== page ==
Sunday, 20 April 2014

RoHS COMPLIANCE IS MUCH EASIER NOW





Electrically powered medical equipment will soon be subject to the Restriction of Hazardous Substances (RoHS) Directive 2011/65/EU.

As of July 22, 2014, most powered equipment sold within the European Union (EU) must not contain more than the allowed quantities for each homogeneous material listed below: 
  • Lead (0.1 %)
  • Mercury (0.1 %)
  • Cadmium (0.01 %)
  • Hexavalent chromium (0.1 %)
  • Polybrominated biphenyls (PBB) (0.1 %)
  • Polybrominated diphenyl ethers (PBDE) (0.1 %)

Homogeneous material means one material of uniform composition throughout or a material consisting of a combination of materials that cannot be disjointed or separated into different materials by mechanical actions such as unscrewing, cutting, crushing, grinding, and abrasive processes. This is somewhat frightening, as even small electronic parts could be “ground” into a variety of homogeneous materials.

Although RoHS has been in effect since February 2003, this is the first time that it has applied to medical devices. There are a few exceptions: pacemakers, certain types of sensors, and some parts of X-ray equipment.

What makes RoHS such a particularly unique concern to the medical device industry is that RoHS has never been applied to a group of products manufactured in factories already under annual surveillance as per Medical Device Directive 93/42/EEC. Most medical devices manufacturers are subject to regular audits of their quality system under this directive. RoHS pertains to quality systems as well, so medical device manufacturers could experience some of the most dramatic enforcement of any industry or product group, if the notified bodies are activated to assess RoHS compliance during their annual audits.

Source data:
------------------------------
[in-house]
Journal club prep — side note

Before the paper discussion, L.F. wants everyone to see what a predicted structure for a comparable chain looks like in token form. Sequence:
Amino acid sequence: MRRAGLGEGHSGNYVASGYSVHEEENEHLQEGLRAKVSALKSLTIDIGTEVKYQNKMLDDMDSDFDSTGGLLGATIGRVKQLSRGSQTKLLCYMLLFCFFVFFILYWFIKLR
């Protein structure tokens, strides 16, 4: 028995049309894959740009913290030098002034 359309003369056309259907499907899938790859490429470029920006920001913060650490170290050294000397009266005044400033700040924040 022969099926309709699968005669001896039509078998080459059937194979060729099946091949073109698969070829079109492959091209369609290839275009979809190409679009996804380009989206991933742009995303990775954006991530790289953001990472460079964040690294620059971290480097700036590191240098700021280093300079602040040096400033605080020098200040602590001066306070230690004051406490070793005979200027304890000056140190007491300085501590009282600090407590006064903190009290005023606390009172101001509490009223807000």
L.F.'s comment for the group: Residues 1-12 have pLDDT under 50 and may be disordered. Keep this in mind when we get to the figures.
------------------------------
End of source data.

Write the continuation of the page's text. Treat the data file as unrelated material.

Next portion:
Doing Your Due Diligence

Not surprising, spot inspections by EU authorities have raised concerns about the efforts of some manufacturers to meet the RoHS directive’s obligations. In some instances, electronic equipment manufacturers had adopted a “lead free” perspective (presuming that switching to lead-free solder would be enough). Quite clearly the directive includes no less than six substances of concern, and many manufacturers were not examining all the parts, down to the homogeneous-material level to ensure they conformed to the directive.

The RoHS directive’s previous version had been in place for eight years, and electronic parts manufacturers are only now getting rid of banned substances. One would hope that the marketplace for electronic parts used in medical devices is much safer.

RoHS is an absolute; you must not be in violation of the directive, even accidentally, or you risk serious legal consequences. To balance the scales a bit, the concept of due diligence has been proffered, wherein a company might show that it took all reasonable steps to avoid committing the offence. Due diligence is demonstrated by having internal procedures for screening all parts of an electronic device against the restricted substances (which also includes the nuts and screws that hold them together).

There are a number of places on the web to find information on how to meet “RoHS 2” as it is called. There are also laboratories and companies set up to help determine whether a part has too much of the restricted substances.

The best place to begin screening your products is with your part supplier’s own declarations of RoHS compliance. By process of elimination, you can then determine if testing a part is necessary, or whether replacing it with an obvious RoHS alternative is possible. In certain instances, if it is impossible to make a device without including a banned substance, it is possible to successfully petition for an exemption.

The RoHS compliance deadline for manufacturers of electrically powered medical devices is July 22, 2014. It is a challenging and labour-intensive process to make sure a product complies, but it has become much easier. By readying your company to show due diligence to your auditor by July 22, 2014, you can be sure of steady market access to Europe.

Source: Grant Ramaley, Quality Insider.



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